By Allen Markowitz and Allan Gerber
A few months ago we wrote about the fictitious counterman Joe we will call him Joe Counterman. The one who showed up late, did a poor job answering the phones, made very little effort and was basically just passing through.
Poor Joe Counterman was having a tough time understanding what it takes to be successful in the workplace. This more than likely was the result of being somewhat immature, untrained and generally uncaring. To our surprise we actually heard from Joe, he really does exist and his name is JOE!
Joe explained that he was that high school kid working in the local auto parts store with no real direction. He did want to set the record straight stating that he did shave daily.
He went on to tell us that one of the older countermen saw the potential in Joe and started to train and mentor him. He learned about how to speak to people and not at them, he learned to listen. He also learned that many times there could be more than one way to deal with any given situation. He learned the value of customer service and that taking the easy way out may not always be the best way.
Joe went on to have an extremely successful 30-year career and is currently working in a management role with a major manufacturer. We wish him continued success. You never know!
Our point is that with all of our modern methods today, Joe’s simple training and mentoring did the trick and created a lifetime of employment and a solid career.
We continually talk about the customer, when does customer service end? Obviously never. We continuously have to try and improve our skills; not only on the tasks which gratify us the most, but also on the daily mundane, repetitious tasks we don’t really enjoy performing.
Here is a simple exercise to both build customer service awareness and at the same time take a look within yourself. Take a sheet of paper and divide it into four columns. Mark the first column, “How you treat people” and the next column “How you want to be treated.” Head the next two columns, “Stores and people that have excellent customer service and why” and the final column, “Stores, people and incidents that have not met your expectations.”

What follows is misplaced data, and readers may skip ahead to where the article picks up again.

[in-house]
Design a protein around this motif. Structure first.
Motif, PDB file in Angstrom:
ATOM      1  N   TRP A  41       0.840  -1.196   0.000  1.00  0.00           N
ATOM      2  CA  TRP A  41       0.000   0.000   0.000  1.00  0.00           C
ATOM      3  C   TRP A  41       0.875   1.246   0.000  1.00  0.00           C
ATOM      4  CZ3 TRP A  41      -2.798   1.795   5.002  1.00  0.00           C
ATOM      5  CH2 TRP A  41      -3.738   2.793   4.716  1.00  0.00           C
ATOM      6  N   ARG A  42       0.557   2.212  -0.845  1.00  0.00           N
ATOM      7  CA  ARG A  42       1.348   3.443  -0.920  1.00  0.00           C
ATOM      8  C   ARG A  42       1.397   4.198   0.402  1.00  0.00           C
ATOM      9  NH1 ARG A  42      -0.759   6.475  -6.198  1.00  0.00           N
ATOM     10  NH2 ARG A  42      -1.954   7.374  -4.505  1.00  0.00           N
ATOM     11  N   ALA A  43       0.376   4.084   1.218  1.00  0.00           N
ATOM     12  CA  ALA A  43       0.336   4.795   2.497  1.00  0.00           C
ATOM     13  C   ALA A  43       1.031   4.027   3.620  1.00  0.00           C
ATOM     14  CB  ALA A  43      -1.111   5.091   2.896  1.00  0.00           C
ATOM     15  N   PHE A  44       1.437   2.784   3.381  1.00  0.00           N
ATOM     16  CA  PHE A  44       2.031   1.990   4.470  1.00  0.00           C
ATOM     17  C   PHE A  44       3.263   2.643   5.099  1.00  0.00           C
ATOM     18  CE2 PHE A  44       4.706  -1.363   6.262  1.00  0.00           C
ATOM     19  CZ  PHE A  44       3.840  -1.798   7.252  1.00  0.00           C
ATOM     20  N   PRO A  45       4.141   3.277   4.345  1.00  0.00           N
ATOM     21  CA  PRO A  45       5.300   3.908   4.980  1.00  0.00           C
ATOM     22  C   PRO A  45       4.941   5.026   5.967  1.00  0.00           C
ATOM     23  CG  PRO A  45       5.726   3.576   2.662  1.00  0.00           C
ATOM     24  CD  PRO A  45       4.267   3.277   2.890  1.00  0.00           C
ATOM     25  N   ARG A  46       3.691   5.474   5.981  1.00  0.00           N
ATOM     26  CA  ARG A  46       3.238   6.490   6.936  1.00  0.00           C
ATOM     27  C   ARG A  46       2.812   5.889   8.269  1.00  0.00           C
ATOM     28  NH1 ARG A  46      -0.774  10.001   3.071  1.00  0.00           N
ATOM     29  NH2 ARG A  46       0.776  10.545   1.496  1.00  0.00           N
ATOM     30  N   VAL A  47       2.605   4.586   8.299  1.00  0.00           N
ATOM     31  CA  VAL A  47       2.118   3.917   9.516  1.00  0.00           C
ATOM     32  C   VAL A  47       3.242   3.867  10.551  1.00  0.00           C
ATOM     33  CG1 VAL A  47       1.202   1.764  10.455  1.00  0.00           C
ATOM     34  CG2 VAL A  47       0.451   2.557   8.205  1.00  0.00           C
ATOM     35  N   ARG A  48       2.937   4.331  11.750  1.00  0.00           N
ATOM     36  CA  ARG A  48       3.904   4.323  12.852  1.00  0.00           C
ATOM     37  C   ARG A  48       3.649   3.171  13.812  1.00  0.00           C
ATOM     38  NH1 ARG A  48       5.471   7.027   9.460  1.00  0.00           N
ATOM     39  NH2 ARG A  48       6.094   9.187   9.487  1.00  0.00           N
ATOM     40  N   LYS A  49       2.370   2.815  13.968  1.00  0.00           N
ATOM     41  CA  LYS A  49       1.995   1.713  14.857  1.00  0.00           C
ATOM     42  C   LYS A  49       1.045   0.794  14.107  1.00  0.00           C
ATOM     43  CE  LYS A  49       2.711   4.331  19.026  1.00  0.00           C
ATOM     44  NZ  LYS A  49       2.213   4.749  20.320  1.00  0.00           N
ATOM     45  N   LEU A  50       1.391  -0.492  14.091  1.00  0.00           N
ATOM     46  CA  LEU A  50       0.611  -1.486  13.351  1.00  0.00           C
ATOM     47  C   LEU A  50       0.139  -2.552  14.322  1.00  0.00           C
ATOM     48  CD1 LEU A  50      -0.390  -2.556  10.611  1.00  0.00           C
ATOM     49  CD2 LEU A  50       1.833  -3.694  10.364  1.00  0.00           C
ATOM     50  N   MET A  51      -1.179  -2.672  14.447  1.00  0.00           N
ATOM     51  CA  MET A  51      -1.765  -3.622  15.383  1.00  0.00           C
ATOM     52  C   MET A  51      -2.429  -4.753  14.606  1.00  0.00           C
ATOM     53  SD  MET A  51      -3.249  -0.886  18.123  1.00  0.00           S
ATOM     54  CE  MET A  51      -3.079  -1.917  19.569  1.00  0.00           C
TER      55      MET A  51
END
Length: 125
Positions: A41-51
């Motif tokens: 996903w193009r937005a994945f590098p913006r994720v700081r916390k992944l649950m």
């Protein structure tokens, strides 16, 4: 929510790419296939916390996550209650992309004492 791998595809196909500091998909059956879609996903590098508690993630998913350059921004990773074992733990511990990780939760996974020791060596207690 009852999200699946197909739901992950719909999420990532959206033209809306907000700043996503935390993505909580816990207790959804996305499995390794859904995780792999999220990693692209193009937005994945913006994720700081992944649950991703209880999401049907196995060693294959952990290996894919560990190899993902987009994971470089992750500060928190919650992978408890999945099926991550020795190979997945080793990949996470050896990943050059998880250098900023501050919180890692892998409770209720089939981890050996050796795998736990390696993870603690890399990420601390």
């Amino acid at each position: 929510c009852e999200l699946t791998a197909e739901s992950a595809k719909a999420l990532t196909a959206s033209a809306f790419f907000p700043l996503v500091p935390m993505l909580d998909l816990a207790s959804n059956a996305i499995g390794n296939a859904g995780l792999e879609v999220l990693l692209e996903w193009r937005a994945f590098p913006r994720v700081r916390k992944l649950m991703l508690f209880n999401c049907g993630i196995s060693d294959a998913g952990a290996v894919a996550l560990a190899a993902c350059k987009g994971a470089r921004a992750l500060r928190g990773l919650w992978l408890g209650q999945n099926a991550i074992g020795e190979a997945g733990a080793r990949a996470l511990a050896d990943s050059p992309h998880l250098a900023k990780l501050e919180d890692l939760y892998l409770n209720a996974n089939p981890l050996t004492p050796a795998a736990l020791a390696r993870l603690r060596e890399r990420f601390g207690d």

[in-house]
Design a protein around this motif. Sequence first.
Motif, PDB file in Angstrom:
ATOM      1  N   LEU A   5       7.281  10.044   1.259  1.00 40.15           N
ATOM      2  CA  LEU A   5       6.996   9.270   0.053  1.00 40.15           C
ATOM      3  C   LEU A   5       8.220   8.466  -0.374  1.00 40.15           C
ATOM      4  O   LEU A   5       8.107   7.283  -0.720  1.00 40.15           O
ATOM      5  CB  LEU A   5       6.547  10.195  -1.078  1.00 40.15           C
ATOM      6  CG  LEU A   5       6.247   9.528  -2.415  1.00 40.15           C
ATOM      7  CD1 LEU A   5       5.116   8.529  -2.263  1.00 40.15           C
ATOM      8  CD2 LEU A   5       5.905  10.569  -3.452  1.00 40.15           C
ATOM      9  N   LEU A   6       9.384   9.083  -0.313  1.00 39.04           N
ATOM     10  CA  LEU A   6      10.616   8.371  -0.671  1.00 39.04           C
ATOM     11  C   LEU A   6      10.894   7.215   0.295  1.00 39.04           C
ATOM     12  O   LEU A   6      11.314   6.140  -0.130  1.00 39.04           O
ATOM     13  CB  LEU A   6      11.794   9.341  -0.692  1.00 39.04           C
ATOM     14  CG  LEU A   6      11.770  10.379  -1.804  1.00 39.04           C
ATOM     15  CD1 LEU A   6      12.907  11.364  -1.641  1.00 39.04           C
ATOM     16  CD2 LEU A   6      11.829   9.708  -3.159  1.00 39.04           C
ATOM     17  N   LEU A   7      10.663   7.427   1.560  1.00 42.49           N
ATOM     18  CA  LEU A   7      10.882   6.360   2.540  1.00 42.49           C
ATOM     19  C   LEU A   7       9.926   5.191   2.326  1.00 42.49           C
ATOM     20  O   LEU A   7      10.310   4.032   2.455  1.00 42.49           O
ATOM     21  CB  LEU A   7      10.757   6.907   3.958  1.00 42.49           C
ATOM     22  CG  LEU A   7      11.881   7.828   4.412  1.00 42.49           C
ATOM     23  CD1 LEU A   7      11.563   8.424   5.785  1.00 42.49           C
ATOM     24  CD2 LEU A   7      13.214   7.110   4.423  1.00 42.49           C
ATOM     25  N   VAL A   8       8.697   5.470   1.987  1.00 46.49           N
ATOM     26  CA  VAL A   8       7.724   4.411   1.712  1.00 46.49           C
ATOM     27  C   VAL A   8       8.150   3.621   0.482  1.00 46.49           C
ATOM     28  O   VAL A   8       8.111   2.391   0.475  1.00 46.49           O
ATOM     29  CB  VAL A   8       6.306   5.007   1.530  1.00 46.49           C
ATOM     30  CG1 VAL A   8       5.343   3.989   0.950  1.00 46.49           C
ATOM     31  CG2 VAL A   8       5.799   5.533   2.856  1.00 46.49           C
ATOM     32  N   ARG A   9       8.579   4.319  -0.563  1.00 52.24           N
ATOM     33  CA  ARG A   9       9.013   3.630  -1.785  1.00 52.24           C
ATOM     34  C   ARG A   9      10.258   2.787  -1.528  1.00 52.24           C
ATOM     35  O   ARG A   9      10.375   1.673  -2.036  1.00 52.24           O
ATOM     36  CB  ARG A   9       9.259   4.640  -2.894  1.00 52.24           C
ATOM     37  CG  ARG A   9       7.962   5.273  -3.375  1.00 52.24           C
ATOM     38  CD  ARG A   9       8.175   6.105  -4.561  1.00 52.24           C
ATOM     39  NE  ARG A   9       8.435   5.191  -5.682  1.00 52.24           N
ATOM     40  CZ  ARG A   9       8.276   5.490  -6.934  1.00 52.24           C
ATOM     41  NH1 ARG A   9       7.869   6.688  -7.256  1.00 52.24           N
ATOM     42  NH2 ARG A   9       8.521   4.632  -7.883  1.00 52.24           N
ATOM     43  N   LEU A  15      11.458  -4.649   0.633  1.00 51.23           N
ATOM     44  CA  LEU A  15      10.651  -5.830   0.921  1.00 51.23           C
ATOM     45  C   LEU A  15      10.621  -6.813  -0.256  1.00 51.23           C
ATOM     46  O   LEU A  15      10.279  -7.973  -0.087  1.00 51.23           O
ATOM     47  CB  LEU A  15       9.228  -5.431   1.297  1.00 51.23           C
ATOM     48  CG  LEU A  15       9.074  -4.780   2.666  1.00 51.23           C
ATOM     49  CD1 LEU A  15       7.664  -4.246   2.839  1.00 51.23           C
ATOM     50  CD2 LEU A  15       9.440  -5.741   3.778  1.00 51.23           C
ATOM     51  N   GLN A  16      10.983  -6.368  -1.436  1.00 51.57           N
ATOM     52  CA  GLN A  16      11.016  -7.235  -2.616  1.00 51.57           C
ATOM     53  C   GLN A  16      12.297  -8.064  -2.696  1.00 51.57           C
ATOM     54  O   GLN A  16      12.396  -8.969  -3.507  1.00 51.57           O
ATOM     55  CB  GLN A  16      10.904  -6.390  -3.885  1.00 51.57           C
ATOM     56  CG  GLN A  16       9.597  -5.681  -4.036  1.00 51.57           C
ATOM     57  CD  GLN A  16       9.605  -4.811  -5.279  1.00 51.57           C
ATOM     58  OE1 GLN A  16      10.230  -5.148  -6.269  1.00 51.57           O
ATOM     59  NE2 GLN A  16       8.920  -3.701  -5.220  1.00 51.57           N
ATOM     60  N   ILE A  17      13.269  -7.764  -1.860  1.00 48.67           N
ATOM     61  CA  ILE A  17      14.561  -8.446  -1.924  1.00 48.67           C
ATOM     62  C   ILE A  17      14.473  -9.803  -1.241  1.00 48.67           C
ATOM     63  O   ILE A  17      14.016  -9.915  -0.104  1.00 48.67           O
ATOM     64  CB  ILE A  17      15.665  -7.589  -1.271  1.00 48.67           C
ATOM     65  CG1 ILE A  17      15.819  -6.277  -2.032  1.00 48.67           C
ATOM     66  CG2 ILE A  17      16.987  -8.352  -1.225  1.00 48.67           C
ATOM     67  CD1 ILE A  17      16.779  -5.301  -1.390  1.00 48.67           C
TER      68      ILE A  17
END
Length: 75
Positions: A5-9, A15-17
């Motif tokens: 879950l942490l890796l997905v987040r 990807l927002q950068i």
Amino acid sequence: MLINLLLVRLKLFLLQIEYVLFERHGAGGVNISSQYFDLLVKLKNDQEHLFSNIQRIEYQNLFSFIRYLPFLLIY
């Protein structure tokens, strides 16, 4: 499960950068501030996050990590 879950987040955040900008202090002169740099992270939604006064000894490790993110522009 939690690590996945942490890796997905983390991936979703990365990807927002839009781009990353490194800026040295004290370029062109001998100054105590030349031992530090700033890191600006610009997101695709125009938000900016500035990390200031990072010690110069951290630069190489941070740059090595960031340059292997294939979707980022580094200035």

Start thinking about it and fill it out for a week or two. You will quickly see a pattern emerging and hopefully the light bulb will turn on. By doing this simple exercise you will be forced to look in the mirror and assess your strengths, weaknesses and tributes. The strong areas, as well as the areas which need improvement will quickly be identified.
Our feeling is that Joe came into our industry just passing through. Somewhere the light bulb came on and he got it. He learned what great customer service was all about and it stayed with him to this day.
Somehow, we are certain that this is not an isolated example. However, you be the judge when you fill out your own chart and then look in the mirror.
Excellent customer service does not happen unless you make it happen.
Allen Markowitz and Allan Gerber operate Auto Biz Solutions, which provides training, marketing, management and business consulting services to both the automotive jobber and independent repair shop.
For more information, go to: www.autobizsolutionsllc.com or e-mail email@example.com.